Hey there. My two cents:
For junior devs I'd only test their motivation and if they align with company culture. Talk about programming, ask questions (fundamentals) and look how he/she reacts to them especially when they don't know the answers. You'll see a pattern right there.
As for experienced ones - imho, it is very important to ask why they're changing jobs, also, find out if the candidate still has the passion for programming (doesn't mean he/she still does). Basically, test for motivation to learn/improve themselves. Then test for culture and only then give 15 to 45 mins of coding. You don't need these stupid whiteboards, meaningless hackaday project sessions after coding let seniors talk to them, talk about a project you're working on, see if the candidate asks any questions. This last one is very important. It not only shows that the candidate is interested but also shows his experience.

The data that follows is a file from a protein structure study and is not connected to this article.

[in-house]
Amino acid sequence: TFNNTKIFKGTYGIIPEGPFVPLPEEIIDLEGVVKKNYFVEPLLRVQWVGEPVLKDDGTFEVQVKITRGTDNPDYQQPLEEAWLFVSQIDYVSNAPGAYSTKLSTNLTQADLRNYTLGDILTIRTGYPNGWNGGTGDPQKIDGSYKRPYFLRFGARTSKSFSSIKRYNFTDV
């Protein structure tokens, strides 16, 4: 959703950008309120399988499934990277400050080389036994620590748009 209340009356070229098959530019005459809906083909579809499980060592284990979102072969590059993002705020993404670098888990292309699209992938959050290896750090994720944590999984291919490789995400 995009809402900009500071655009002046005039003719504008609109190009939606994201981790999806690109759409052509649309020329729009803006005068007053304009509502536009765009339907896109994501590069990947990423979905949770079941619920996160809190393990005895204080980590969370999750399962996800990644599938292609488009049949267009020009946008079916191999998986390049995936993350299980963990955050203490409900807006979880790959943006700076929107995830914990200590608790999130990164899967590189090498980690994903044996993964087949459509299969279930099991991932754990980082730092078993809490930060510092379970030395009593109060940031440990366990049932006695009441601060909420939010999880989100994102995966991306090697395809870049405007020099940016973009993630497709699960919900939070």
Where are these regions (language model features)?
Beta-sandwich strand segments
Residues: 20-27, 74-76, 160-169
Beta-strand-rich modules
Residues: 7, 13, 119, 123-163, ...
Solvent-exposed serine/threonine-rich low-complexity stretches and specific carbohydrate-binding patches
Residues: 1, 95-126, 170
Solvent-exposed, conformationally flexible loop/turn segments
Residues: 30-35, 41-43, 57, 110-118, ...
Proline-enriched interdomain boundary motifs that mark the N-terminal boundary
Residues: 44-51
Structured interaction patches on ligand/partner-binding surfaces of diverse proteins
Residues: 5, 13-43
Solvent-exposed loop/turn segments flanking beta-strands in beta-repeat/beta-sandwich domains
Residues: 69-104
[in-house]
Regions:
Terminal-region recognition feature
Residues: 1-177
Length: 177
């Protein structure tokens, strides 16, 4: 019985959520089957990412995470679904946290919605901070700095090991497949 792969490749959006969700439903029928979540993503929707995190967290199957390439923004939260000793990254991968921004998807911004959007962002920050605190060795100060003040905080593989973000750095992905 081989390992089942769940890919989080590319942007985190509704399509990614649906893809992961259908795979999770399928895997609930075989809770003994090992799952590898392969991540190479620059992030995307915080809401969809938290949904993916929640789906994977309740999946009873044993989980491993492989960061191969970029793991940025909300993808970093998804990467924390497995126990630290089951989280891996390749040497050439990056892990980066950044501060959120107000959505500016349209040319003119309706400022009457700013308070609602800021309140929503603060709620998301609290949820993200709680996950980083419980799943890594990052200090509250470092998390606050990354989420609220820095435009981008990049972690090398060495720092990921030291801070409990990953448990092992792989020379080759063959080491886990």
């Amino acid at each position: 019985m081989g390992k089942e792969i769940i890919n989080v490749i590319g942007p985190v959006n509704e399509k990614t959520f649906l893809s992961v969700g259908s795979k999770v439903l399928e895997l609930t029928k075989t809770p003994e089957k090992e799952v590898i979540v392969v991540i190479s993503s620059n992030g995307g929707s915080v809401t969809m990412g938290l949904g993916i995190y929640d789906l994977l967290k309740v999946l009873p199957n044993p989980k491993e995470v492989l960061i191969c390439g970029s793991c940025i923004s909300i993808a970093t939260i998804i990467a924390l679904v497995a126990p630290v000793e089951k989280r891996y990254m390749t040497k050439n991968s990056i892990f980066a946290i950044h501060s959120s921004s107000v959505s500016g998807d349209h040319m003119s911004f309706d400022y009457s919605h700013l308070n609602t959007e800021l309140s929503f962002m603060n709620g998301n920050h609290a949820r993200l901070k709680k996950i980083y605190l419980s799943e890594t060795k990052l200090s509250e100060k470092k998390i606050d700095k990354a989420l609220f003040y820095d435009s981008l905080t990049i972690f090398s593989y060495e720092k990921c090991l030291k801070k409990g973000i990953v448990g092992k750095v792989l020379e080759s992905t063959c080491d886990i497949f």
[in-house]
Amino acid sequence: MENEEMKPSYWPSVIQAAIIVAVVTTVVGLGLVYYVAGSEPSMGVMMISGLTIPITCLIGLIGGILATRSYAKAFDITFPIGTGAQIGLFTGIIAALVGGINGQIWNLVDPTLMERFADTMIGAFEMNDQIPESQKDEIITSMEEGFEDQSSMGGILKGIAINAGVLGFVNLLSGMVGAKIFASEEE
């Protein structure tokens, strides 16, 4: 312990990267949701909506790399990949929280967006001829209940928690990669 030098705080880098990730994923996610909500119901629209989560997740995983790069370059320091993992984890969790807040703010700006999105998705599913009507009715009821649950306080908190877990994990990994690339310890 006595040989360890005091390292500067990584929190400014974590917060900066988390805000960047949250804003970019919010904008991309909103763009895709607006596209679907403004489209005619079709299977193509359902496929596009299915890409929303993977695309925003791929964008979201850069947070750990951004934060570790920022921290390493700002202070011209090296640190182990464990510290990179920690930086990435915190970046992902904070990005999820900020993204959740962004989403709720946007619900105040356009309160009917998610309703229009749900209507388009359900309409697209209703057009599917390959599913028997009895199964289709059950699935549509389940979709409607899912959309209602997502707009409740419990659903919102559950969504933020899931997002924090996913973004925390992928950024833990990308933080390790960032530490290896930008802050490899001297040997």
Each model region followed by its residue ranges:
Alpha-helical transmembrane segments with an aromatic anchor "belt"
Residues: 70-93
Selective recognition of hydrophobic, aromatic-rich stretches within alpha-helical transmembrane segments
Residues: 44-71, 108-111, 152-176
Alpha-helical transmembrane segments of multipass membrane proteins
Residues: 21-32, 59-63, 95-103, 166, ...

These are very broad strokes but the main idea is that, in my opinion, testing for motivation, culture and character (discipline, no bullshit attitude, curiosity, etc) will yield better colleagues than them passing some algorithm test. As far as coding skills go - not everyone is equal and everyone has their style, I would definitely leave quite some space for improvement (this is what code review is for actually) if I see the fire in candidate's eyes.
And that's it folks. Cheers! :)
I once interviewed a coder for an entry-level data entry position (he needed a job and had limited legal options) who, when I explained the bad data he'd been cleaning up, asked me what approaches I'd looked into for preventing the bad data.
I didn't end up hiring him, but did get a chance to brag on him to my boss when we ran into him over lunch, and my boss got him a way better job that's led to him being one of the most valuable new employees at my workplace.
Questions to other coders most definitely do show quality of thinking!
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